Why Your Internship Is A Second Interview

Why Your Internship is a Second Interview

By Khadejah Stegall

Khadejah is a part of the TLC College Ambassador Program and attends North Carolina A&T University.

When you first land your internship, you are excited and thrilled and you think you are one step closer to your dreams. In reality, you have just completed the prerequisite to the start of your career. Know that from your first day, to your last day as an intern, you are being evaluated and it’s just another interview process. Landing the internship is one step and performing well at your internship is another step. I’m going to share the advice I learned as a Viacom intern working for BET.

Network, network, network

If I had a dollar for every employee that gave me advice as an intern, I would be living rent free! Networking in the entertainment industry is vital. As I asked about everyone’s career journey, they told me that every job they’ve ever gotten was because they knew someone and that “someone” knew they had a great work ethic. Networking can be challenging if you are a person who wants to make genuine relationships and not just getting to know someone for your next move. Schedule one-on-ones with staff members around your company. Ask for a hierarchy chart so you know who reports to whom. Get on everyone’s calendar and ask them about their journey and any advice they could give you as an intern. Get to know the receptionist, the editors, the tech guy, the CEO, and even the janitors. Be genuine, work hard and speak to others by their name. An enthusiastic intern who speaks to everyone goes a long way.

Never say no and use your resources, unless someone is asking for something crazy

My first mistake as an intern was when someone asked me to put label makers on a folder. I asked around to see if I could find any label makers and when I finally found one, there wasn’t any more ink left. Another staff member told me that we could make an order on Monday for more. I wrote a note and made temporary folders, but she pulled me to the side and told me to never say no and always get the job done. She explained to me that I should have went to a different department a­nd asked if they had any. Always make sure you use ALL of your resources and by asking others for help, you are making connections and they get to know your face. I apologized and told her I would have it done for her and I went to a different department and found some label makers.

Always follow up

If someone gives you an assignment, always follow up with them and see how the project is going or if they need anything else from you. Be sure to always make yourself available to others. Most of the time, people may not come to you with work so take the initiative to ask if anyone in your department needs help and if they don’t, ask if you could shadow someone on what they’re doing. People are usually nicer to interns, so this is your opportunity to shadow everyone’s job.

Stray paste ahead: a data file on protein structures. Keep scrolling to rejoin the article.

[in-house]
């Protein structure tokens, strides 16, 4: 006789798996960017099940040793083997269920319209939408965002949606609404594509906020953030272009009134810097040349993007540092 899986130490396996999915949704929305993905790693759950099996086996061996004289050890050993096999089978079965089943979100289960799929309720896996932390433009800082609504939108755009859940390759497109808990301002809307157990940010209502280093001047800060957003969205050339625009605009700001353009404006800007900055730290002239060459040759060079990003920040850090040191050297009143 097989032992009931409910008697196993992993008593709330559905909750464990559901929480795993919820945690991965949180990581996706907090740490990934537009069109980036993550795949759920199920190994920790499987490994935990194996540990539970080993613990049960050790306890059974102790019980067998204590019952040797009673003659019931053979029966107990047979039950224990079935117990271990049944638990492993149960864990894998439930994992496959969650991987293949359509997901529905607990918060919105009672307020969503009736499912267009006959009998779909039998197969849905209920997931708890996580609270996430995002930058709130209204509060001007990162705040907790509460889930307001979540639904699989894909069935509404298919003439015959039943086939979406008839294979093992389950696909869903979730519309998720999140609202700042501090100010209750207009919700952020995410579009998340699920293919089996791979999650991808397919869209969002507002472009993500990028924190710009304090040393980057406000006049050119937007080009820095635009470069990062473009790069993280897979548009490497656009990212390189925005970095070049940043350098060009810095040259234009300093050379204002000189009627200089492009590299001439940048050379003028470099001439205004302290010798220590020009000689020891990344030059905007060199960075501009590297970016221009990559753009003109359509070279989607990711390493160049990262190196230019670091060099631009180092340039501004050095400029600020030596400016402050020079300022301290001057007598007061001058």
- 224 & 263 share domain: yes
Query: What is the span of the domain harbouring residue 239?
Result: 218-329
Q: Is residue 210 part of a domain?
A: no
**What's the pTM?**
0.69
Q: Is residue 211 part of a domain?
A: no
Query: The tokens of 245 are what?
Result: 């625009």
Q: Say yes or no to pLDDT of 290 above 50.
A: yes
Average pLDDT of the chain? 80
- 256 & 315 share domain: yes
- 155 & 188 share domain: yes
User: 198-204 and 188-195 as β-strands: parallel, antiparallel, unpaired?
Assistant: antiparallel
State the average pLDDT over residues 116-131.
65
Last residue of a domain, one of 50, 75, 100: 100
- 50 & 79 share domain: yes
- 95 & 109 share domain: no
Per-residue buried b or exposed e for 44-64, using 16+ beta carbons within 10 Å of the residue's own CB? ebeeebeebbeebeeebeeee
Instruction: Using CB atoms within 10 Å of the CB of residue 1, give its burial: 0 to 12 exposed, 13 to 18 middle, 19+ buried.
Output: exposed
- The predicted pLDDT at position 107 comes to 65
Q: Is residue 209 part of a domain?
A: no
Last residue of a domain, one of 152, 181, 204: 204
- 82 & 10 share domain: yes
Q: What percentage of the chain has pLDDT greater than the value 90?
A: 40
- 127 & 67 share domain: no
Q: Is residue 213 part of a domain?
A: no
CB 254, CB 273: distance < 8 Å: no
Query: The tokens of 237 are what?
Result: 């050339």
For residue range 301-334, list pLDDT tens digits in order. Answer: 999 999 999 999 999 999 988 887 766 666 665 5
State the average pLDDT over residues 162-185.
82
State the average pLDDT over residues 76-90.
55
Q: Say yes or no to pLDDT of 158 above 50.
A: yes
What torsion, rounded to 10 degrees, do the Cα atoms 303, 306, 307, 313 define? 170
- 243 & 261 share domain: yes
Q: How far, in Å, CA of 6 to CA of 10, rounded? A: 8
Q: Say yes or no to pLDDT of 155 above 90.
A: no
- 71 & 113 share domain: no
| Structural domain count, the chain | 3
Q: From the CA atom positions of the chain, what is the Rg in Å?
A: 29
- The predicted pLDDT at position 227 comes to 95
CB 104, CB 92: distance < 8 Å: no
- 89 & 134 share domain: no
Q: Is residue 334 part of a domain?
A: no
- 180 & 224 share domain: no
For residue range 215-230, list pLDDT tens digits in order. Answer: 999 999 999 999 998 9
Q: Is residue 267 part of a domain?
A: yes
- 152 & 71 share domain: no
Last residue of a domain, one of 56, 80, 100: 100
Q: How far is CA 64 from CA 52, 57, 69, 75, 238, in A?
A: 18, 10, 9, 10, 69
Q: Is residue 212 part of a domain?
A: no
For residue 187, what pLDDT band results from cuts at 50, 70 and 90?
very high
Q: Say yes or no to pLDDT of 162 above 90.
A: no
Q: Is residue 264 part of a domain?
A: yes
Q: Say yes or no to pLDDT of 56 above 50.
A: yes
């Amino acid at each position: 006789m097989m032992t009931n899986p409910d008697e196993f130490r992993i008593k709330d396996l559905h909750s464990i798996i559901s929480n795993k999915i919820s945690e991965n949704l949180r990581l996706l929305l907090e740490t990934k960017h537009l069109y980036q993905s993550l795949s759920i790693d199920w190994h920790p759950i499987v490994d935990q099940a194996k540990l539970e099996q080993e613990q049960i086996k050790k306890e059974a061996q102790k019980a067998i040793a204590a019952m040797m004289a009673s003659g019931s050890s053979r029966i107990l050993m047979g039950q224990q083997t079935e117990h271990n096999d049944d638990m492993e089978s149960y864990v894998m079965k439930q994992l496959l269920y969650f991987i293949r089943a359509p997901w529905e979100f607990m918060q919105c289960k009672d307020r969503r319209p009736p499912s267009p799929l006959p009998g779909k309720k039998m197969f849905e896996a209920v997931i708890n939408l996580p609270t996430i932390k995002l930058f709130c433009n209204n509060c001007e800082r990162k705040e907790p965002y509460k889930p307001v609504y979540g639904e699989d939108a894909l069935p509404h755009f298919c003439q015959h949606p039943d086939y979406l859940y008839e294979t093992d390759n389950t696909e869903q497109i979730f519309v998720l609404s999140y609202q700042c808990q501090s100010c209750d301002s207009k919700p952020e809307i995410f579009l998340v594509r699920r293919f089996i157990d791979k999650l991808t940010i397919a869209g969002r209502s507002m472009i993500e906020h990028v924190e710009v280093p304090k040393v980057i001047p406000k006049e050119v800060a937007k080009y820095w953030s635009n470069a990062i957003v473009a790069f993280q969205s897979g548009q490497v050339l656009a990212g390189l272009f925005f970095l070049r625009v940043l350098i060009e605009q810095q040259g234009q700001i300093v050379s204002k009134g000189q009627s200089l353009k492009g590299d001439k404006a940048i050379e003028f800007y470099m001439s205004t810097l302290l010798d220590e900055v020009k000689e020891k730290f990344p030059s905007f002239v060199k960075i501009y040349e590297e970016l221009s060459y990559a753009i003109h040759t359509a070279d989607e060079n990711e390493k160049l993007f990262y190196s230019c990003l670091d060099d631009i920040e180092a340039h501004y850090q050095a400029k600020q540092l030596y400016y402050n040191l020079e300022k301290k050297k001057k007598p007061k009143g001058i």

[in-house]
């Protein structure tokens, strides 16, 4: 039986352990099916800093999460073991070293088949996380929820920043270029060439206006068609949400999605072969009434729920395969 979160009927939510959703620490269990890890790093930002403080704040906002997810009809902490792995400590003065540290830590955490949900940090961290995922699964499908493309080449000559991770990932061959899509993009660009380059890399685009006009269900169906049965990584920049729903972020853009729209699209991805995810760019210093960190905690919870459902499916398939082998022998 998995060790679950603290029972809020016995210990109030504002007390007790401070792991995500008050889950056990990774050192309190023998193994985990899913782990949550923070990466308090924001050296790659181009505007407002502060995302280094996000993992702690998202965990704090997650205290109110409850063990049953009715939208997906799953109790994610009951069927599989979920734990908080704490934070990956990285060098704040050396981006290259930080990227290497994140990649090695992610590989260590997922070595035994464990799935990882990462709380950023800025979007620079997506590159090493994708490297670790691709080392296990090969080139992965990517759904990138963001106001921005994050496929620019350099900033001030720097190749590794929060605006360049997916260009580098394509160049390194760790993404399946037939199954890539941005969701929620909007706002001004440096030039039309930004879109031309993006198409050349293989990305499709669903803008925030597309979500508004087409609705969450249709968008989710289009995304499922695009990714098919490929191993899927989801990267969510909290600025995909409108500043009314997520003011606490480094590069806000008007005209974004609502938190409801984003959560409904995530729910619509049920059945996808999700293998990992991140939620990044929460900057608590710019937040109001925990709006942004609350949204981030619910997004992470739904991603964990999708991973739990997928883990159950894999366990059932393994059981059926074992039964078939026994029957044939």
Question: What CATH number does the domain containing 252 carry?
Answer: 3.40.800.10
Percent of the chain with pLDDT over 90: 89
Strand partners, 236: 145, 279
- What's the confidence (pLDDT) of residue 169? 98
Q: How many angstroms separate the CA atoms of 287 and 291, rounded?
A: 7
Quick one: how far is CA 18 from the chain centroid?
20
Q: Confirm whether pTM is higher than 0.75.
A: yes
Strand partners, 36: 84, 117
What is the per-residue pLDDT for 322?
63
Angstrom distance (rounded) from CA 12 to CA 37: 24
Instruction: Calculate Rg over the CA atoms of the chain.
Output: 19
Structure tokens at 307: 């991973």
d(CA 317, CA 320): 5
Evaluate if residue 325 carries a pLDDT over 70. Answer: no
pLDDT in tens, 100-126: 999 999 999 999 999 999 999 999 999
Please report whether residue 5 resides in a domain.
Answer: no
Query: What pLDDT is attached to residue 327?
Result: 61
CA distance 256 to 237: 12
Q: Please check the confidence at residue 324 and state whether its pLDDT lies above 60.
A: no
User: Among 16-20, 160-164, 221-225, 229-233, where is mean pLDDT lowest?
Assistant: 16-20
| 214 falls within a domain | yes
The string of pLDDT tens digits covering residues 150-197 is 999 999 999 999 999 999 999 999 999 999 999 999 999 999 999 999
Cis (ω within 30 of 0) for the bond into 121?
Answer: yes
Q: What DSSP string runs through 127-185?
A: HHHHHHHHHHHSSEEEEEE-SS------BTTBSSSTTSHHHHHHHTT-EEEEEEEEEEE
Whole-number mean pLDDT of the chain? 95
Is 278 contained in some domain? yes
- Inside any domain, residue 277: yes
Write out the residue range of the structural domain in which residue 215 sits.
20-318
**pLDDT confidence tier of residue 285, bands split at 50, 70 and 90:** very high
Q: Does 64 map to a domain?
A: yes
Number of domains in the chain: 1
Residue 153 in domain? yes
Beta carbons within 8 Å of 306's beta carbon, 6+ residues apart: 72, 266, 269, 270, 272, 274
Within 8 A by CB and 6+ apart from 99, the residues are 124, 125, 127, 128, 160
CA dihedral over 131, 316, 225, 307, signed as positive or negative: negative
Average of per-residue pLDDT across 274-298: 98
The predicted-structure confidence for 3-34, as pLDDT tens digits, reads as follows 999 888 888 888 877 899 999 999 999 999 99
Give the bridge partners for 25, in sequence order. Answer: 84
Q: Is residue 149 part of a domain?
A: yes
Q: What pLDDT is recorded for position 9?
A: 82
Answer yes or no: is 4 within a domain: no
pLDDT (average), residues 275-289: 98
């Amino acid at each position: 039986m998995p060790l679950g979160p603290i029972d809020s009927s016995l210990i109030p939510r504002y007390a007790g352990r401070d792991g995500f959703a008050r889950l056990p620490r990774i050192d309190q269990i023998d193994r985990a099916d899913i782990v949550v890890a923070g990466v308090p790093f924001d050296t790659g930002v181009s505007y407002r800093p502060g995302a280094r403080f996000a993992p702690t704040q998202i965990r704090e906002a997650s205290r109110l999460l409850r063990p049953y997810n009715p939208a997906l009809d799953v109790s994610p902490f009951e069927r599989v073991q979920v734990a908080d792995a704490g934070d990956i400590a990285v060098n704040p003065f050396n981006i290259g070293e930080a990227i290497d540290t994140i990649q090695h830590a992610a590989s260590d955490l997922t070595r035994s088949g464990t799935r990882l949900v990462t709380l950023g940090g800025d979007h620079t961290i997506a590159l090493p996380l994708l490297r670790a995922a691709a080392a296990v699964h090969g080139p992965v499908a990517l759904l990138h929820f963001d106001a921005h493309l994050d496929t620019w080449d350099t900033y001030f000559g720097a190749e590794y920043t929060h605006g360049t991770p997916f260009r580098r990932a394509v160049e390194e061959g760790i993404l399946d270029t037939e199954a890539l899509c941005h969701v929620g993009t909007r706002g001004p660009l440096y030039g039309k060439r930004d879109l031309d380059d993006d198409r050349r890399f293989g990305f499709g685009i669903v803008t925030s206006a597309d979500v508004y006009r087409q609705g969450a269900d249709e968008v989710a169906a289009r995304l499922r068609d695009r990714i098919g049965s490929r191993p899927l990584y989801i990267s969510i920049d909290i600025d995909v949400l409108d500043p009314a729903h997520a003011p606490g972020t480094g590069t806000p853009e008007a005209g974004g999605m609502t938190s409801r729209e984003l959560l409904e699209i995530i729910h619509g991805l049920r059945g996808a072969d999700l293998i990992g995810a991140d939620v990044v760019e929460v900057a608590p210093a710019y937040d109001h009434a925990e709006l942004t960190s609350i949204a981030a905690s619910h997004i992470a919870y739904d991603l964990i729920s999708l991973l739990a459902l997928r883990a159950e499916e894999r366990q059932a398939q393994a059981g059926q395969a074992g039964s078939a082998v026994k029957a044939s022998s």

If someone gives you an assignment, give it one hundred and ten percent!

Put your all into an assignment. For example, one of my responsibilities as an intern is to present industry news. We had Monday morning meetings where the whole department met and gave updates about what was going on in the world and inspiration for creativity. I could have just presented industry news on a piece of paper, but instead I created a website, included the BET brand and I had headers such as #BlackLivesMatter, #BlackGirlMagic, and other news that was relevant to the BET brand. If someone asks you to do something, unless you have questions about the assignment, don’t get back to them until the assignment is completed one hundred and ten percent. Now, you’ve earned their trust and they are going to trust that you can always get the job done.

If you don’t know, it doesn’t hurt to ask

Sometimes you may not know how to do something but it doesn’t hurt to seek clarity and ask questions. Someone asked me to create a shot list for them and I had never heard of it before. The first thing I did was Google it because Google has all of the answers. After coming up short, I asked an employee who works on shoots and he told me how to do a shot list. I asked what format they wanted it in and gave her exactly what she wanted. If I would have wasted time searching what a shot list was, that could have hurt my performance.

You are always being evaluated

When you think people aren’t watching, they are. Watch how you treat others, even in the elevators. Many executives look young so make sure you aren’t on a phone call being obnoxious. If you see someone engaging in gossip or negativity, go the other way. Sometimes people may say false information just to get you to talk negative. Fortunately, this didn’t happen at my internship, but always be aware.

Have fun and make the best out of your internship

Lastly, have fun! You may not learn what you planned at your internship but this is the time to grow your network and make connections. If you don’t get anything out of your internship, be sure to leave with a list of connections and a good name for yourself. Network with other interns, have fun, and slay every day.


Khadejah Stegall is a college mommy blogger that inspires others to achieve the impossible through the power of Jesus. She enjoys family time, eating vegan meals when it's convenient and mentoring others on professional development. To be inspired by more post, follow her blog at khadejahstegall.com